Henry Tugendhat is an Economist with the China team at the U.S. Institute of Peace. He focuses on issues related to China's impact on conflict dynamics in Africa and Latin America.

Tugendhat has worked on these issues for over a decade through previous employment at the Institute of Development Studies in the U.K., the China-Africa Research Initiative at Johns Hopkins University SAIS, and the World Bank Group’s macroeconomics, trade and investment team. His core areas of interest include conflict, economics, telecommunications, and cybersecurity in the context of China-Africa and China-Latin America relations.

Tugendhat lived and worked in China for three years and holds a master’s from the School of Oriental and African Studies at the University of London and a bachelor’s from the University of Leeds. He speaks Mandarin, French, Spanish, and Portuguese.

He has been featured in the Financial Times, the Economist and the Washington Post among other publications. He has also published peer-reviewed journal articles and is currently finishing his PhD at Johns Hopkins University SAIS.

Publications By Henry

Is China Eyeing a Second Military Base in Africa?

Is China Eyeing a Second Military Base in Africa?

Tuesday, January 30, 2024

By: Alex Vines;  Henry Tugendhat;  Armida van Rij

For over three decades, every Chinese foreign minister’s first overseas trip of the year has been to Africa. This year continued the tradition with China’s foreign minister, Wang Yi, visiting Egypt, Tunisia, Togo and Côte d'Ivoire. Notably, every one of these countries is coastal. And yet, at a time of continued speculation over China’s next military installation in Africa, none of these countries has featured prominently as potential locations in previous analyses. We might, therefore, reasonably ask what China’s current considerations are around basing in Africa. Faced with an increasingly multipolar and assertive Africa at a time of domestic economic challenge, however, China’s long-term strategy remains unclear.

Type: Analysis

Global Policy

Why China is Rebooting the Belt and Road Initiative

Why China is Rebooting the Belt and Road Initiative

Thursday, October 26, 2023

By: Carla Freeman, Ph.D.;  Henry Tugendhat

World leaders gathered in China last week for the third forum on the Belt and Road Initiative (BRI), Xi Jinping’s massive, trillion-dollar physical and digital connectivity project. As the BRI turns 10 this year, Beijing is looking to reboot Xi’s signature foreign policy program amid criticism of the debt load it often burdens partner countries with and other environmental and human concerns. In light of these criticisms, China emphasized last week that the future of the BRI is “smaller” and “greener” projects.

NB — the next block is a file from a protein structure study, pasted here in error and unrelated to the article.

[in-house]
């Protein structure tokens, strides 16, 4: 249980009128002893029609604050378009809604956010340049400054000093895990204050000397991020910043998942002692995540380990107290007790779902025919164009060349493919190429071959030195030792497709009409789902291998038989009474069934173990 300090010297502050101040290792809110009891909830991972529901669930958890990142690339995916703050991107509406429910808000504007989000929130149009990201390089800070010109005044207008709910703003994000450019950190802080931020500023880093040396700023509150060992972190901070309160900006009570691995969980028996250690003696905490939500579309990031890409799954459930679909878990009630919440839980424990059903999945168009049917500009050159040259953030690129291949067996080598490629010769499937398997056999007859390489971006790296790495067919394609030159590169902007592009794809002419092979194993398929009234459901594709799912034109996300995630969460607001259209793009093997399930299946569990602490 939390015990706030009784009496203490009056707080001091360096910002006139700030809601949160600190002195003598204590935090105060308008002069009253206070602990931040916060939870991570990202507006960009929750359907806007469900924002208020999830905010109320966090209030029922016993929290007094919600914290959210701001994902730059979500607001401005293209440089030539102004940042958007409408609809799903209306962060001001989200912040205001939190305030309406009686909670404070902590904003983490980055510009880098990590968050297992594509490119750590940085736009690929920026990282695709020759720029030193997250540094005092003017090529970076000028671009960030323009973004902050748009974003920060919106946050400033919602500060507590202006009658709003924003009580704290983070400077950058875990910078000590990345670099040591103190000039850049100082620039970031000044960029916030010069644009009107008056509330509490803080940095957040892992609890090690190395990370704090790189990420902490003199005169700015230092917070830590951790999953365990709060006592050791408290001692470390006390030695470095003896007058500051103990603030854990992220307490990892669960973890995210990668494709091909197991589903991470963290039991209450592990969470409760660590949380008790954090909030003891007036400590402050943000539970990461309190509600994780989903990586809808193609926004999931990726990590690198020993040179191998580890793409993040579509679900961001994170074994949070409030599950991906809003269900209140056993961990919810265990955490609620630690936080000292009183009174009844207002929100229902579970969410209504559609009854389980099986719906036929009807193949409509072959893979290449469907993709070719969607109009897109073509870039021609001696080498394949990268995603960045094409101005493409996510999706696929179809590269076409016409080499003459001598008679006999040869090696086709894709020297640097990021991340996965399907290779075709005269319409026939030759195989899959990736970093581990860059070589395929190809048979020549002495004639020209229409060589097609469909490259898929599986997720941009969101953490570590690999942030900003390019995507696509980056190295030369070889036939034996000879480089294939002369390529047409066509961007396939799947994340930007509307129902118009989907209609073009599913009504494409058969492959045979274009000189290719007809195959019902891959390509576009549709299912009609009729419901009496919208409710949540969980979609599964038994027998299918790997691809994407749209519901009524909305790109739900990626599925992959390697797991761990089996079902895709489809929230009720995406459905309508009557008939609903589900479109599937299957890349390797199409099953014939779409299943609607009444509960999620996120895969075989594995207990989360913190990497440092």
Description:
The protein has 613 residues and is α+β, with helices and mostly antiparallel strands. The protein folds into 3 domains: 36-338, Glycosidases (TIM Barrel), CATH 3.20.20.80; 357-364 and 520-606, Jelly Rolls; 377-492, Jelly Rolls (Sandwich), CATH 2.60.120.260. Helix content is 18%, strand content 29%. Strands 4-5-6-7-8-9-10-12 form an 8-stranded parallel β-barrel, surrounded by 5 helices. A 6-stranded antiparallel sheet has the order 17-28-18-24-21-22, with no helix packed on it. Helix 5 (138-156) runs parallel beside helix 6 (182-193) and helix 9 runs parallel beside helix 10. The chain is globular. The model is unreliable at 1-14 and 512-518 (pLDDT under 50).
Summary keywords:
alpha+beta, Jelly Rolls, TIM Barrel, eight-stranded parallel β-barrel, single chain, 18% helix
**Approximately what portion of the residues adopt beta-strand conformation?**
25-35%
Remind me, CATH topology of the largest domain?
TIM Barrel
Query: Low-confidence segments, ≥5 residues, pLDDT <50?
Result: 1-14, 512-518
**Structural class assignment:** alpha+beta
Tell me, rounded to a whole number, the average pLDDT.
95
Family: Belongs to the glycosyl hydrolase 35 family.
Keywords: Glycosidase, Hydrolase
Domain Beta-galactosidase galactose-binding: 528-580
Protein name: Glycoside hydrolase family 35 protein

Type: Analysis

EconomicsGlobal Policy

What BRICS Expansion Means for the Bloc’s Founding Members

What BRICS Expansion Means for the Bloc’s Founding Members

Wednesday, August 30, 2023

By: Heather Ashby, Ph.D.;  Daniel Markey, Ph.D.;  Kirk Randolph;  Kirtika Sharad;  Henry Tugendhat;  Aly Verjee

After more than 40 countries expressed interest in joining, the question of whether BRICS would admit new members was finally answered during the group’s summit last week. Despite pre-summit reports of division over the potential expansion, leaders from the five-nation bloc announced that Saudi Arabia, Iran, Ethiopia, Egypt, Argentina and the United Arab Emirates (UAE) would join the group starting in 2024.

Type: Analysis

Global Policy

Henry Tugendhat on the Geopolitical Impact of BRICS Expansion

Henry Tugendhat on the Geopolitical Impact of BRICS Expansion

Tuesday, August 29, 2023

By: Henry Tugendhat

The expansion of BRICS is a significant step in the bloc’s push to counterbalance the Western-led international order. But as a consensus-based group, “the question remains to what extent will they agree on what [that] alternative world order might look like,” says USIP’s Henry Tugendhat.

Type: Podcast

What Does John Kerry’s Visit Mean for U.S.-China Climate Cooperation?

What Does John Kerry’s Visit Mean for U.S.-China Climate Cooperation?

Thursday, July 20, 2023

By: Tegan Blaine, Ph.D.;  Carla Freeman, Ph.D.;  Henry Tugendhat

This week, U.S. Special Envoy on Climate Change John Kerry spent four days in China in the hopes of facilitating a thaw in U.S.-China climate cooperation and easing tensions between Washington and Beijing more broadly. While the talks did not yield any major breakthroughs, any progress toward a shared climate agenda cannot be taken for granted after nearly two years of frozen relations. And with Kerry announcing plans for more bilateral talks ahead of the next round of U.N. climate negotiations in November, it appears that climate change may offer a tentative path for rebuilding trust between the two world powers.

Type: Analysis

EnvironmentGlobal Policy

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